The spacious open-air, slate hot-tub/spa is the only one of its kind in the south coast. It is in a glade surrounded by 100 foot trees overlooking the ocean. Large and comfortable, it’s four feet deep in the center and it’s built high enough above ground to enable you to sit and watch the ocean while soaking up to your chin in steaming water. The property itself is strangely protected from the famous Port Orford winds – imagine the surreal experience of looking out at a sea whipped by 80 mph winds while your hair is barely ruffled.

Probably the most wonderful aspect of WildSpring is the artwork. As you wander the grounds, you will find some amazing sculptures…. some playful, some profound… some larger than life, some tucked away in the ferns that only reveal themselves after they see you walk by a few times. As I was strolling through the property, I came around the edge of the pasture and looked up to find an 8-foot sculpture of the “Shaman of the Benediction” by artist Bill Worrell. My jaw dropped because not only do you rarely see his pieces (I found his work in a gallery in Sedona and was fortunate to purchase a small sculpture entitled, “Invisible Forces”), but to come face to face with a larger than life size one will take your breath away.

As for being ecofriendly – they went above and beyond! WildSpring used responsible local contractors who understood the need to be kind to the land within their own community. They were able to place the cabins and dig deep enough for the infrastructure while only removing two living trees during the entire development. All the cleaning products are nontoxic, pH-neutral and scent-free. All the appliances are low energy and low-flow, and they use low-watt and energy-efficient and CFL bulbs inside whenever possible. There are containers to collect water and greenery was planted that is a natural source of food for the gentle wildlife. In addition, they buy local and organic produce and flowers whenever possible. WildSpring is truly a magical place that you have to see to believe!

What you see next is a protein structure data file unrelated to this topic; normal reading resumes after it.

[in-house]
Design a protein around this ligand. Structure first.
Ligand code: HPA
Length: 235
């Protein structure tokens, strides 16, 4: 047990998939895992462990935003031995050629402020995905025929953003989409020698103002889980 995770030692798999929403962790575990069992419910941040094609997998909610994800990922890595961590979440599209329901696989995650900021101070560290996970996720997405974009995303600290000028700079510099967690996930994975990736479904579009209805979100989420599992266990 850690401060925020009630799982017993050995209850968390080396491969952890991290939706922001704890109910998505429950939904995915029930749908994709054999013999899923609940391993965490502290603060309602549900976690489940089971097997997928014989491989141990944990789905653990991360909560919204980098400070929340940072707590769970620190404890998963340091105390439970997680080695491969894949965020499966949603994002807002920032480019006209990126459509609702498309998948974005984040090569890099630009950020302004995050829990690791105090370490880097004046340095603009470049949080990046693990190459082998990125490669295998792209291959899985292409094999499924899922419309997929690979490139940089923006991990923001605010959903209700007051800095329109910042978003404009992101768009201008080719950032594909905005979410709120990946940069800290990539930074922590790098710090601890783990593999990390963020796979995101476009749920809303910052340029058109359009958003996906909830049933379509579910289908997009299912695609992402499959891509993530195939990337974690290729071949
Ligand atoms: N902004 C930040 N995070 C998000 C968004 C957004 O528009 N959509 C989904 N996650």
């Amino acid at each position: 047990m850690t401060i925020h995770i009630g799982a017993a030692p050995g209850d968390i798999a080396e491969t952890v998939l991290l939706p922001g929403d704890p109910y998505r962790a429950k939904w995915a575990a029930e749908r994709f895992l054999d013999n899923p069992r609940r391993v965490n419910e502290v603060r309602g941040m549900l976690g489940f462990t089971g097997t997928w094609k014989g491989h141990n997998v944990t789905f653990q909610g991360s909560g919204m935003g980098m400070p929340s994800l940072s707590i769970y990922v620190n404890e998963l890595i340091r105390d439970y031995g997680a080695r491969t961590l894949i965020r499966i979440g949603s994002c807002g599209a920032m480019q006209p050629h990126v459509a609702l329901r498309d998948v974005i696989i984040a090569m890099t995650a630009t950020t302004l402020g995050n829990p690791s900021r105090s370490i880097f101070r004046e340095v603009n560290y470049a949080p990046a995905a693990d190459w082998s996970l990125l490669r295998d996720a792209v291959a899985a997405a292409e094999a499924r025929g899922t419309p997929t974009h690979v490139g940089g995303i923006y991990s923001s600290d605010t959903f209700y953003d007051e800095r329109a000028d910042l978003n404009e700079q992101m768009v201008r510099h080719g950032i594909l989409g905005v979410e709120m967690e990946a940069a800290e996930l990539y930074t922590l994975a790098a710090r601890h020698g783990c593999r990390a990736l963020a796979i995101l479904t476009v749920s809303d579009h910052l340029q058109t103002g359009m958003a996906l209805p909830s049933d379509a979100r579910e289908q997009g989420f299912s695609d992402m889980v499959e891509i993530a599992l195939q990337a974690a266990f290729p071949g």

On our trip down to Port Orford, we got to experience some of Oregon’s finest wineries that produce what some consider the world’s best Pinot Noir. We toured Vista Hills, Archery Summit, Sokol Blosser and JK Carnere.

Our first stop was Vista Hills which produces small-batch estate Pinot Noir and Pinot Gris high atop the storied Dundee Hills. The Dundee Hills AVA is situated in the northern stretch of Oregon’s famous and fertile Willamette Valley. While total production is around 3,500 cases per year, many of the wines are produced in micro-batches of 100-200 cases. A variety of clones and variations in vine age and exposure allow for a broad spectrum of flavor within a single varietal. The 2013 Pinot Gris and 2012 Pinot Gris Rose were delicious along with a beautiful 2010 Pinot Noir. For more information,

The next stop brought us to Archery Summit Vineyard. When Wine Spectator and Wine Enthusiast award 7 of your wines at 90 points or higher, you know you’ve got amazing wine! Archery Summit pioneered the gravity-flow system of winemaking, eliminating the need for mechanical pumps used to transport must and wine among fermentors, tanks and barrels. The design utilizes five levels: grapes received at the crush pad on the top level travel downward, one floor at a time, to the fermentation hall, aging caves and bottling area. By using an elevator built into the cellar 60 feet below ground, barrels can be lifted for racking and blending and filled without the use of pumps. This process prevents any stress on the wine that might impair its essence. With a grape as delicate as Pinot Noir, this is imperative.